Panasonic Lumix DMC-L10

Outdoor resolution - Panasonic L10 versus Canon EOS 400D / XTi


Panasonic Lumix DMC-L10 results : Outdoor resolution / Studio resolution / Real life Noise


 

Panasonic L10
with 14-50mm at 20mm
 
Canon EOS 400D / XTi
with Canon EF-S 18-55mm at 24mm
Panasonic L10 - crop 1
Canon EOS 400D / XTi - crop 1
f8, 100 ISO
f8, 100 ISO
Panasonic L10 - crop 2
Canon EOS 400D / XTi - crop 2
f8, 100 ISO
f8, 100 ISO
Panasonic L10 - crop 3
Canon EOS 400D / XTi - crop 3
f8, 100 ISO
f8, 100 ISO
Panasonic L10 - crop 4
Canon EOS 400D / XTi - crop 4
f8, 100 ISO
f8, 100 ISO
The squarer 4:3 aspect ratio of the L10 gives it an extra Megapixel over the same area taken from the 400D / XTi image, but you’d have to look very closely to spot any different in resolved detail. The big difference between the two cameras as seen from the crops above though relate to their respective kit lenses. The L10’s kit lens may be a budget version of the Leica zoom bundled with the Lumix L1, but it still comfortably out-performs the Canon EF-S 18-55mm here. There’s no coloured fringing to mention and the detail remains sharp and well-defined right up to the corners – this is particularly noticeable in the foliage areas. So while the L10 is capable of resolving similar degrees of real-life detail to the 400D / XTi, it will deliver better overall results when both cameras are fitted with their kit lenses. See below for RAW results from the L10.


Panasonic L10: JPEG versus RAW

We photographed the scene above in the L10’s RAW plus Large Fine JPEG mode and have presented crops below from each file for comparison. The RAW file was converted using the supplied SilkyPix Developer Studio 2.1SE software using the default settings into a 16 bit TIFF, which was then reduced to 8 bits in Photoshop and processed the same way as the original JPEG for presentation here.

The crop from the RAW file is a little punchier and more saturated than the JPEG using the default settings, but there’s not a great deal of difference in this particular example. Of course the benefit of shooting in RAW is having greater latitude for adjustments later, and since we felt the L10’s default JPEGs could benefit from additional sharpening, RAW gives you the opportunity to experiment with unprocessed images. Now let’s look at the L10’s resolution.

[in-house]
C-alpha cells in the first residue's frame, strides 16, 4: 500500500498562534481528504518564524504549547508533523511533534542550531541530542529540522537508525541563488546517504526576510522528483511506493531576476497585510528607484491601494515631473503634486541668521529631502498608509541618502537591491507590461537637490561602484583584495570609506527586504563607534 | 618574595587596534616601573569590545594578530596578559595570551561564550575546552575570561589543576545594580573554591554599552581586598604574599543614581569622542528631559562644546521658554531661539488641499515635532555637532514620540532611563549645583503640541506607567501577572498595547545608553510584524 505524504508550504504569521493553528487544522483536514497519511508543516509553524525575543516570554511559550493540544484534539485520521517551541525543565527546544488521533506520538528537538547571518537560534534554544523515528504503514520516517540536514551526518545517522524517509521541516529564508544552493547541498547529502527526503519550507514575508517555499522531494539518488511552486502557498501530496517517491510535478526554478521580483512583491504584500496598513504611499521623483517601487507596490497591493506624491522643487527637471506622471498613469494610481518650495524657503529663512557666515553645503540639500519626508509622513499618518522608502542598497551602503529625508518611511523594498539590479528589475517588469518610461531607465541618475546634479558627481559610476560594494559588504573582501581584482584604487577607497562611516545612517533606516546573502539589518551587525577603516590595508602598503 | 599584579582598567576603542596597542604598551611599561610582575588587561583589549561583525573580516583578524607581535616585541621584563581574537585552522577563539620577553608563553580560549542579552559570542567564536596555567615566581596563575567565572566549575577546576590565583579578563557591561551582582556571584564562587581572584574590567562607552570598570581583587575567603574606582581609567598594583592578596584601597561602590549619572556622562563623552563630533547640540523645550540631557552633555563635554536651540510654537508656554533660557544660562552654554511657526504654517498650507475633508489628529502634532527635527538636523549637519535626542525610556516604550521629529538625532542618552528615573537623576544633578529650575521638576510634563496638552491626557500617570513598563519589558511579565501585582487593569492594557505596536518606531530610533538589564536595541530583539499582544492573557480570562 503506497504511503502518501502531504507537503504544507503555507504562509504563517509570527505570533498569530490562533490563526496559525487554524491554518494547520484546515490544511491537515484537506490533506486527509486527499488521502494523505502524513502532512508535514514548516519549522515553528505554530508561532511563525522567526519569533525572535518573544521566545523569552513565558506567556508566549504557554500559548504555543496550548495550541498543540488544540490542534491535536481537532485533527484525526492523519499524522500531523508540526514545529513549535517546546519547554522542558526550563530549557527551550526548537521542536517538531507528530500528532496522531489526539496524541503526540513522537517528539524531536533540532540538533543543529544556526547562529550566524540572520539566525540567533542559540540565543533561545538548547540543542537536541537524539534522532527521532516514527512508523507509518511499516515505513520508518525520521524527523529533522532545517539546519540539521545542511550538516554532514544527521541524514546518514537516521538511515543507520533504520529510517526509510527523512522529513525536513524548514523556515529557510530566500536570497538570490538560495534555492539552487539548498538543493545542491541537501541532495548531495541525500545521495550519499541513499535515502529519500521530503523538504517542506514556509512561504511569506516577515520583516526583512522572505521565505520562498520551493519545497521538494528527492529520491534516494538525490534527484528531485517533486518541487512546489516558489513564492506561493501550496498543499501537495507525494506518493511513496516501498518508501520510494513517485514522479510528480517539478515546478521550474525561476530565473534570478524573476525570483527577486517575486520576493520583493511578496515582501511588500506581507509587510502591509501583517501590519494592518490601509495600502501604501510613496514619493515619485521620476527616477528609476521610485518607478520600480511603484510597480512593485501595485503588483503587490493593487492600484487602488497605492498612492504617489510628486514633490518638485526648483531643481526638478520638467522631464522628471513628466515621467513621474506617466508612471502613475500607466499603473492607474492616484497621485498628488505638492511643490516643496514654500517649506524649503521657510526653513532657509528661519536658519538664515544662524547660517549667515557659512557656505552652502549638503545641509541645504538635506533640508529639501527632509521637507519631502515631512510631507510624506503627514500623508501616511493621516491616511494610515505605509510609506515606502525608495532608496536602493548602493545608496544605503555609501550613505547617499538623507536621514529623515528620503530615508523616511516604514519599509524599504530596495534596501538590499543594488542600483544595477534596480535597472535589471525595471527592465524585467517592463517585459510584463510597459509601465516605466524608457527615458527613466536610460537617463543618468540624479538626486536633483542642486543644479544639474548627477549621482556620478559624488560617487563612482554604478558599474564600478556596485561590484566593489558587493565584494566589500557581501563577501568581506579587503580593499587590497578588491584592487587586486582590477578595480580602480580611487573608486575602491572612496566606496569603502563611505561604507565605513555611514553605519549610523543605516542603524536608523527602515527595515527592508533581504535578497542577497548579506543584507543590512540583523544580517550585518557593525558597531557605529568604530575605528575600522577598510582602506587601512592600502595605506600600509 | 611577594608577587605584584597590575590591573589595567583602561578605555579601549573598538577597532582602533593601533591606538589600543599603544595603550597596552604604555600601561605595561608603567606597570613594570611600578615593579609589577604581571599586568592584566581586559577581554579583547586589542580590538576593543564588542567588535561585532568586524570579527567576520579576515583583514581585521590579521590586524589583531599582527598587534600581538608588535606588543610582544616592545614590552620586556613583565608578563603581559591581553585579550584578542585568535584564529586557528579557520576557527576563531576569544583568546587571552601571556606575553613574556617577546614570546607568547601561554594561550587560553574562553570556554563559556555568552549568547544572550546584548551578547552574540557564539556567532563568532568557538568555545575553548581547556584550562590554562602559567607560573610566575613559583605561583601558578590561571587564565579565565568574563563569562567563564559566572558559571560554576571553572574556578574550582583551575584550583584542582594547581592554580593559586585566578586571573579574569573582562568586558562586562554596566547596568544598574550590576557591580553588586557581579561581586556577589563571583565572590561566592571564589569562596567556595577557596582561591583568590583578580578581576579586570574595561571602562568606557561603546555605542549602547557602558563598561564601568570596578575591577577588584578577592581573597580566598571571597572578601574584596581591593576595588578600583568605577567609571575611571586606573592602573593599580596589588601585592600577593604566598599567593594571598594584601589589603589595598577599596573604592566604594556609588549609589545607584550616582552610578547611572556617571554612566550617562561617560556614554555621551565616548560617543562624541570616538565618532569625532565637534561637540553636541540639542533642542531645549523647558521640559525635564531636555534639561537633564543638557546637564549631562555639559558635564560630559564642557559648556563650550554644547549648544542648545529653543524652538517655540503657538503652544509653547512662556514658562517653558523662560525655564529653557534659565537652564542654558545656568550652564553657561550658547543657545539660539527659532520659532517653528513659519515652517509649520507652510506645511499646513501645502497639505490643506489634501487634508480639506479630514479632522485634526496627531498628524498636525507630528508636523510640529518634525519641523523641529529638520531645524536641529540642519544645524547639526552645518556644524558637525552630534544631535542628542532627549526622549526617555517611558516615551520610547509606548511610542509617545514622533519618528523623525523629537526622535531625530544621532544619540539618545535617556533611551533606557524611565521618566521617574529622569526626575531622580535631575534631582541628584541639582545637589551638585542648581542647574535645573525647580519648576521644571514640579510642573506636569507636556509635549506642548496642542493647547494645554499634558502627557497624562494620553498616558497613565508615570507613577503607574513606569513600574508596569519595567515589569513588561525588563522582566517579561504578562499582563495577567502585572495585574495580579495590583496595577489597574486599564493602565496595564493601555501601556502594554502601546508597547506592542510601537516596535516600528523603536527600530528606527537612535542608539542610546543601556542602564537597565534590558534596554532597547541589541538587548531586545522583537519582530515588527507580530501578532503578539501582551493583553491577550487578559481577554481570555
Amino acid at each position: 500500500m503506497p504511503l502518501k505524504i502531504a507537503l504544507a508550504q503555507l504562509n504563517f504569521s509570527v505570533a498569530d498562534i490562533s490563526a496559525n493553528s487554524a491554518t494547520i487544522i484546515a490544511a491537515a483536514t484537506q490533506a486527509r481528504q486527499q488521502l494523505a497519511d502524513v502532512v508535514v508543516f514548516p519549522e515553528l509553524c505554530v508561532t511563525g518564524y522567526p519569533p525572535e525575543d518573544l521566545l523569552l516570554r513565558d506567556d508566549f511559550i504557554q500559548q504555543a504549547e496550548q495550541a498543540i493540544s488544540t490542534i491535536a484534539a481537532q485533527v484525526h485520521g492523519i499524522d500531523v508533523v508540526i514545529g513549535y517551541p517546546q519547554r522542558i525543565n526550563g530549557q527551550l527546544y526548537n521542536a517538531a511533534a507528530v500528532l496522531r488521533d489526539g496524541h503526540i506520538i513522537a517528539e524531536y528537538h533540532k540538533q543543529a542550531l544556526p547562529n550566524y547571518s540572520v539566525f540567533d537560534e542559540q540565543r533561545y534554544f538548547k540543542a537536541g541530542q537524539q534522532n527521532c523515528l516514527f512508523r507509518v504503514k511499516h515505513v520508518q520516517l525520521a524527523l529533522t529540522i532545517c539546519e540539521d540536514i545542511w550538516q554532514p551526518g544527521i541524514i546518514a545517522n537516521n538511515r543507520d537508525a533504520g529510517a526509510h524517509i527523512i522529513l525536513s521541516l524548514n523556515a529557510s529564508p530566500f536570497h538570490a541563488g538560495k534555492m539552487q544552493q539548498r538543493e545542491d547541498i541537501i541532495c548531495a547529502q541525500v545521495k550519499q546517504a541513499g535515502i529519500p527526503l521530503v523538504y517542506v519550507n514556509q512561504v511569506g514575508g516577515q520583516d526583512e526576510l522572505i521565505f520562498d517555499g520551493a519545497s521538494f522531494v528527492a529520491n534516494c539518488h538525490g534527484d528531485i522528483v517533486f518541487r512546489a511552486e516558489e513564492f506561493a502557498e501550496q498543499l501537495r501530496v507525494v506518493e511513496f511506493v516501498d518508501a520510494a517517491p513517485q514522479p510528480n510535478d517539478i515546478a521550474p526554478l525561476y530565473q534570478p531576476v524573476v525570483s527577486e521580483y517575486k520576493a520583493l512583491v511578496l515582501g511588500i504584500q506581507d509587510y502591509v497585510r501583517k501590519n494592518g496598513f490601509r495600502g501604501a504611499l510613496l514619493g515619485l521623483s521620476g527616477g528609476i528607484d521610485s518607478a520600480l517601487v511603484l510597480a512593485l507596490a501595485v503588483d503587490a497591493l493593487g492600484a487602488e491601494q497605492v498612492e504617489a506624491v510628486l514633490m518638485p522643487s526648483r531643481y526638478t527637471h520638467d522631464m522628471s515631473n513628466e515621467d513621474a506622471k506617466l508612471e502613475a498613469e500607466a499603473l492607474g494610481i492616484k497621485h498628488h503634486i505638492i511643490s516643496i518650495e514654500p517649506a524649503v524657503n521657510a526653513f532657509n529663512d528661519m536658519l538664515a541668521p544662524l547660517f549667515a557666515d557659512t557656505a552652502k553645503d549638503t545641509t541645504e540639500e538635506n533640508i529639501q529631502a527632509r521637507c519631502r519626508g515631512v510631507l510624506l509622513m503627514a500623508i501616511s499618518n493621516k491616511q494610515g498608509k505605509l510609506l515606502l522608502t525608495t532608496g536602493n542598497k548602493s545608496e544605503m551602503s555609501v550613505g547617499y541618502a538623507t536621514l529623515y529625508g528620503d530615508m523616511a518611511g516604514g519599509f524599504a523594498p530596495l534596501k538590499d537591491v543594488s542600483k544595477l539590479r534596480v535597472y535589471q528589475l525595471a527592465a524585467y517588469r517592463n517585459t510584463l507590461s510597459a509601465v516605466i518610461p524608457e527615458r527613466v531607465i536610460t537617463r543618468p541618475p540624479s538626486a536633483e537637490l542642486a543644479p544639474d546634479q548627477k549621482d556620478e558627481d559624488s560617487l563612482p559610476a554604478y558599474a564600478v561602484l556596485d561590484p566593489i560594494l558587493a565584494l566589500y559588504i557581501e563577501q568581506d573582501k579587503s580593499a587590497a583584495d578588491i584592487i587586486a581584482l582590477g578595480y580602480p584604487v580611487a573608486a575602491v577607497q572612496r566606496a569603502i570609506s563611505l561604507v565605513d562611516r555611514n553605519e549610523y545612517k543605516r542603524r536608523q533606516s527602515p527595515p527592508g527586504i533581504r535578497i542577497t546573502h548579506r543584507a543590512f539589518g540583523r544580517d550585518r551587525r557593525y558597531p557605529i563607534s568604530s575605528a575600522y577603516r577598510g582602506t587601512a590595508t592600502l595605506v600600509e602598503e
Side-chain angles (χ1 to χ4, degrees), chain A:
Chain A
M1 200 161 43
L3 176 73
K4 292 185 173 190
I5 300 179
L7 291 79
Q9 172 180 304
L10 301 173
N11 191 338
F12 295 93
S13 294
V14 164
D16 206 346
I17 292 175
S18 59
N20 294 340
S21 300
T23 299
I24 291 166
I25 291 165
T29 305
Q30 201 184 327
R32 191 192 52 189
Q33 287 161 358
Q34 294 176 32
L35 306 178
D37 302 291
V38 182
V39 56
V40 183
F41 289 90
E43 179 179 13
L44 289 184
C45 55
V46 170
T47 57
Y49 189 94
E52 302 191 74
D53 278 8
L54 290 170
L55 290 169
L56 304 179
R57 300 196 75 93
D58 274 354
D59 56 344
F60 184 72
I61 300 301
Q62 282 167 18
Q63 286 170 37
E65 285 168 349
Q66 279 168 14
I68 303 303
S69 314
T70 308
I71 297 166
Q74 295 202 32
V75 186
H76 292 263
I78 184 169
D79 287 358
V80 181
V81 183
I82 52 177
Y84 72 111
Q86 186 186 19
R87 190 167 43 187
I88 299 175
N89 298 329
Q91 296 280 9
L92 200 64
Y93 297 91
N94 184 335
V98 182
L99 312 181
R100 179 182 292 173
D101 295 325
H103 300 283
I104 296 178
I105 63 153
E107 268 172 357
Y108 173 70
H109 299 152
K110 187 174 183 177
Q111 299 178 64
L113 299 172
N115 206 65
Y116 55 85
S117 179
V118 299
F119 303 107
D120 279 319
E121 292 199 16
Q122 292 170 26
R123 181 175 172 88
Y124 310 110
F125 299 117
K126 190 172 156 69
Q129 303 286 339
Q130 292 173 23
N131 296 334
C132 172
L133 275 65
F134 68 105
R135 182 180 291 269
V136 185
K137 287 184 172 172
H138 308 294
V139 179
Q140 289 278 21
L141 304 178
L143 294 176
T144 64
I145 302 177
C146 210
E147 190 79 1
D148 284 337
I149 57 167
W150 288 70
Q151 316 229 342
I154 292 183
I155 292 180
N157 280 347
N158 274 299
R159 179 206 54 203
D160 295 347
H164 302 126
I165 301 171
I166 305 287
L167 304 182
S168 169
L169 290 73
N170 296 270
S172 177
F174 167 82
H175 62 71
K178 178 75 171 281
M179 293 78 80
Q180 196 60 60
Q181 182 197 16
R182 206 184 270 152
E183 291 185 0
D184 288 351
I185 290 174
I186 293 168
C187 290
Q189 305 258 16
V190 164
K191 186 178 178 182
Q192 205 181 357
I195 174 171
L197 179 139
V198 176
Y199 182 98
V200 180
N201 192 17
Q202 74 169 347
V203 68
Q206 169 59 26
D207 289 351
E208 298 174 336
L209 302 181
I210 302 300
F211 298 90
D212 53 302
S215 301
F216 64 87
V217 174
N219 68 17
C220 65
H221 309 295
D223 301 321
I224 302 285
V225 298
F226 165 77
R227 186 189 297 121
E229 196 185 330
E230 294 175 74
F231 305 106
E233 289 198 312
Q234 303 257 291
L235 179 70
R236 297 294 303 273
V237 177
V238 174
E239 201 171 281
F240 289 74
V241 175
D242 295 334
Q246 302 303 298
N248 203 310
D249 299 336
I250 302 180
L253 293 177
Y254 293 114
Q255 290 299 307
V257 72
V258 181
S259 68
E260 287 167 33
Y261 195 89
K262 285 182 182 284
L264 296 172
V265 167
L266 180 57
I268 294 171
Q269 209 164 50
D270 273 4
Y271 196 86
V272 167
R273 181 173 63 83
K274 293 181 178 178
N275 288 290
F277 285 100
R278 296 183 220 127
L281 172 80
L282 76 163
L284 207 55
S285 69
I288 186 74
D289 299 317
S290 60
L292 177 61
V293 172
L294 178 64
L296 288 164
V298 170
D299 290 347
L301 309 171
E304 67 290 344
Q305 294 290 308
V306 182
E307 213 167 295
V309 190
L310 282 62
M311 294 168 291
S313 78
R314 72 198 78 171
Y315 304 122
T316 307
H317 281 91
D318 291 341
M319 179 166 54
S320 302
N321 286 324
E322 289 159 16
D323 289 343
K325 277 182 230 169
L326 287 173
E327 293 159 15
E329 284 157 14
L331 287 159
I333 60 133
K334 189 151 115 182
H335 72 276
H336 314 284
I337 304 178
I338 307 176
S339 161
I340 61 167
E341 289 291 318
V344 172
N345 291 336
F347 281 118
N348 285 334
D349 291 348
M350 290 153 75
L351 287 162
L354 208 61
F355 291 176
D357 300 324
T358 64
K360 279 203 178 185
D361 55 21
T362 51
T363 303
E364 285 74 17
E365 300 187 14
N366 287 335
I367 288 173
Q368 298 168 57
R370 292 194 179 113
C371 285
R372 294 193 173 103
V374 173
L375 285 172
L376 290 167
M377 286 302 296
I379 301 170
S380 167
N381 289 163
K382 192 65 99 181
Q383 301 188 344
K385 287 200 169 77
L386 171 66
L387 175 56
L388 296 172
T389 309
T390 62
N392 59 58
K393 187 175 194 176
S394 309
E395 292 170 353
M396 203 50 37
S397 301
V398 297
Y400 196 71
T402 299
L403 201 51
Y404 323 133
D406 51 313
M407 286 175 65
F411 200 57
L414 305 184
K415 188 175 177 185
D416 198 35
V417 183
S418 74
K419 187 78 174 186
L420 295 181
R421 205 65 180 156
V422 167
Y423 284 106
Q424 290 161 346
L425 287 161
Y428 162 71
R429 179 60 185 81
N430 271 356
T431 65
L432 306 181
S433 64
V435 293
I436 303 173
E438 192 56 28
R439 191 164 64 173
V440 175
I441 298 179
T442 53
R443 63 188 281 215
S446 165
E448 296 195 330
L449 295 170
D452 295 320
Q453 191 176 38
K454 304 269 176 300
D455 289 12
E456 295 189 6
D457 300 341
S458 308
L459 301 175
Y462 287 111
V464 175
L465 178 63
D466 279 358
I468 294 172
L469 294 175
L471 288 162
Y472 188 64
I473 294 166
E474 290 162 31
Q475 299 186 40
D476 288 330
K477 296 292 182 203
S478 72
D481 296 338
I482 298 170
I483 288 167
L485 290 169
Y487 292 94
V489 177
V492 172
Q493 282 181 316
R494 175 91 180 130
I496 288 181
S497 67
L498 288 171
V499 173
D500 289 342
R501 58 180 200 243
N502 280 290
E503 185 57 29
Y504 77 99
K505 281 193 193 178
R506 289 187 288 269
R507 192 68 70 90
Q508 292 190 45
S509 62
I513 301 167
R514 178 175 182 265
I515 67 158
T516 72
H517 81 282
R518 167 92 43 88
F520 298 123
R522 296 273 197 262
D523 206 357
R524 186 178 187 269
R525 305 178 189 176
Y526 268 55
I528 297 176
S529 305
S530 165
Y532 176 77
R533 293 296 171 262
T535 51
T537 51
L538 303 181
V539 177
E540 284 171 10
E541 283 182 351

Panasonic L10 JPEG
with 14-50mm at 20mm
 
Panasonic L10 RAW
with 14-50mm at 20mm
Panasonic L10 JPEG
Panasonic L10 RAW
f8, 100 ISO
f8, 100 ISO


Panasonic Lumix DMC-L10 results continued…

Outdoor resolution / Studio resolution / Real life Noise

 

To compare real-life performance we shot the same scene with the Panasonic Lumix DMC-L10 and Canon EOS 400D / XTi within a few moments of each other using their best quality JPEG settings, 100 ISO sensitivities and Standard Picture Modes.

We tested each camera with their respective kit lenses: the L10 with the new Leica 14-50mm f3.8-5.6 and the 400D / XTi with the Canon EF-S 18-55mm. Note: The 400D / XTi captured a wider 3:2 frame, but the focal length of each camera was adjusted to deliver the same vertical field of view. Since the 400D / XTi crops below are taken from the same 4:3 area as the L10, it’s effectively being treated here as an 8.9 Megapixel 4:3 camera. As such the Canon crops show a slightly larger area.

The image above was taken with the Panasonic L10 at a sensitivity of 100 ISO, using the 14-50mm lens at 20mm f8; the original JPEG measured 4.41MB. The crops below are taken from the upper left, middle, lower right and lower left areas of the originals and reproduced here at 100%.

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